We love Small Charity Week at Volume 48; we can all see it getting a bit more attention year on year. The work these the charities who are a part of this network do, is great and incredibly varied!
To share a small story that highlights the problems and importantly solutions of big companies supporting small charities. A story as old as time itself…if time was only the last 20 years of charity/business relationships.
We met with a small charity (which for this story will remain nameless), the charity we met receives a number of offers from local and national businesses, who want to paint walls, do gardening and other tasks. To clarify the charity does not have an endless supply of gardens that need tending to by amateur horticulturists.
As a small charity, the offer is tempting to have business teams come down, not because of the free work, but as it could lead to a relationship and subsequently raise funds for the charity. The view is taken that “as a charity we may get funds from them later… so don’t charge them to attend”.
And herein lies the problem, which is two-fold:
Firstly this charity admitted that only about one in ten of these businesses turn into anyone who is willing to fundraise for them – often the businesses are already supporting someone bigger and on a national level, and it takes time and resource to grow these teams into something more.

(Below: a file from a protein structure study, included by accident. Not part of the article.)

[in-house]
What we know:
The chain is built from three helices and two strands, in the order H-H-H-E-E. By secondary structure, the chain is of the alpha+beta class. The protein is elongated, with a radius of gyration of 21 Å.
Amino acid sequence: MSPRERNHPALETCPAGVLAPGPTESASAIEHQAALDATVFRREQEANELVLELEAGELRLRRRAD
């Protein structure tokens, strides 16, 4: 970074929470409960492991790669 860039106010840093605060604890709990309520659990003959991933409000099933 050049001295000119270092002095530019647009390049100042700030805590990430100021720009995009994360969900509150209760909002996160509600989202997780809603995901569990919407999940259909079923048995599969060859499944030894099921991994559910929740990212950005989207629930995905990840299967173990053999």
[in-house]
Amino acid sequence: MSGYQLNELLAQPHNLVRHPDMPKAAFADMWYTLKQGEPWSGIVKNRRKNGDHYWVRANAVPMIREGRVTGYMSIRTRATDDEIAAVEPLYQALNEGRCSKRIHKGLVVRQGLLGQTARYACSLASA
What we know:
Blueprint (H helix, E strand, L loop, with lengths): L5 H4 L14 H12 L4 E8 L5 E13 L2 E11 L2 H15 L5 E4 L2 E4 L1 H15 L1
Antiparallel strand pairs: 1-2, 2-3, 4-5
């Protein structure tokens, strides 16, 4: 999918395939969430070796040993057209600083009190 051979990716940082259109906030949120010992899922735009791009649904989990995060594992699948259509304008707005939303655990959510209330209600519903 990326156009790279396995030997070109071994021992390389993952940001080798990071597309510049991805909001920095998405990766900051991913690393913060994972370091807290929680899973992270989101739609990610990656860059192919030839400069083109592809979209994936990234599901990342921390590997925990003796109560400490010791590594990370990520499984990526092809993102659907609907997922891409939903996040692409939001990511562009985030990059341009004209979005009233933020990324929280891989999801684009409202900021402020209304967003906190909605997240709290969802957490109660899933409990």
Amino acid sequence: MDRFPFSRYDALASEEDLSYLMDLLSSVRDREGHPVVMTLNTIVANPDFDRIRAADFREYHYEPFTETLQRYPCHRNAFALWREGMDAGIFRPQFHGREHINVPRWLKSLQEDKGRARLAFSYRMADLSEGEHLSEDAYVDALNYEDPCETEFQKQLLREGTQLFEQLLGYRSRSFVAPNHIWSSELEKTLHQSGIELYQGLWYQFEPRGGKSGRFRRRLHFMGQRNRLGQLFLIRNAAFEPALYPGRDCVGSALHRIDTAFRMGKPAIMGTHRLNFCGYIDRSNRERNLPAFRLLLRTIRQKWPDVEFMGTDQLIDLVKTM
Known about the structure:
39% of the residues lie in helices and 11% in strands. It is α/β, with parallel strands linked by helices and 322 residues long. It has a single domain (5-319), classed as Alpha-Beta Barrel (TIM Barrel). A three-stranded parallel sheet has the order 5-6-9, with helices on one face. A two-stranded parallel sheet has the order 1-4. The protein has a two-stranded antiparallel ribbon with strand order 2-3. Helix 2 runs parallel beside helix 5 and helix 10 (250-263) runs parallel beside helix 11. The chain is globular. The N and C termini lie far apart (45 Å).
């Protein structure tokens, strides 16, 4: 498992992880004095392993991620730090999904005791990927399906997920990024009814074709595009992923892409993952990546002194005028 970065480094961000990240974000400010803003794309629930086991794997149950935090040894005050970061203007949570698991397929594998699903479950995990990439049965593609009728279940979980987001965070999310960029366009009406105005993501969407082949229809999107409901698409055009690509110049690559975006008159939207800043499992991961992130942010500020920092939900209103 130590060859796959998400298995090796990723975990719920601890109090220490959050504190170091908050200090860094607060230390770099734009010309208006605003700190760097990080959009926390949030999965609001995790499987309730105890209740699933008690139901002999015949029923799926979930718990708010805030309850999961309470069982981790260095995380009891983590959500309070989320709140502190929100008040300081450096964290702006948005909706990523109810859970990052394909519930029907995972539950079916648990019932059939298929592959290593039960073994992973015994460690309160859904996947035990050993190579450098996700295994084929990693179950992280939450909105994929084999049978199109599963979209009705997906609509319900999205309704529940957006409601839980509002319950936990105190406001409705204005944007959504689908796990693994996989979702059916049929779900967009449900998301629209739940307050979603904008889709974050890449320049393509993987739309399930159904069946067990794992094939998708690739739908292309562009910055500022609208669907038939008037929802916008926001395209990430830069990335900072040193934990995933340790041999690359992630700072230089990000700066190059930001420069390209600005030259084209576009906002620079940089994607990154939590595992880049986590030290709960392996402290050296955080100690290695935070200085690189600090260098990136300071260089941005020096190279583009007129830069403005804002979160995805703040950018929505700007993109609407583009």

Secondly, one of the groups who attended to do some gardening recently, caused some damage to some of the drains while digging, they hadn’t made a donation, didn’t cover the costs for repair, so actually caused more damage than good. Consequently, the charity not only needed to get actual gardeners/plumbers in, but then fill out all the claims paper for insurance and all the other tasks needed.
Now this is sounding terribly negative, which is not what we want! Volunteering, in essence, is incredible, but for a business to be able to really help a charity by being ‘present’ it really needs to be more mutually beneficial. Sometimes the stereotype events aren’t the ones to focus on - it pays long term to build something more sustainable.
We’re working with a number of charities and we’re not looking to leave a burst pipe and a bill to foot; instead we are building lasting, reusable, marketable and strong events which engage employees, fund charities and leave a lasting legacy of success.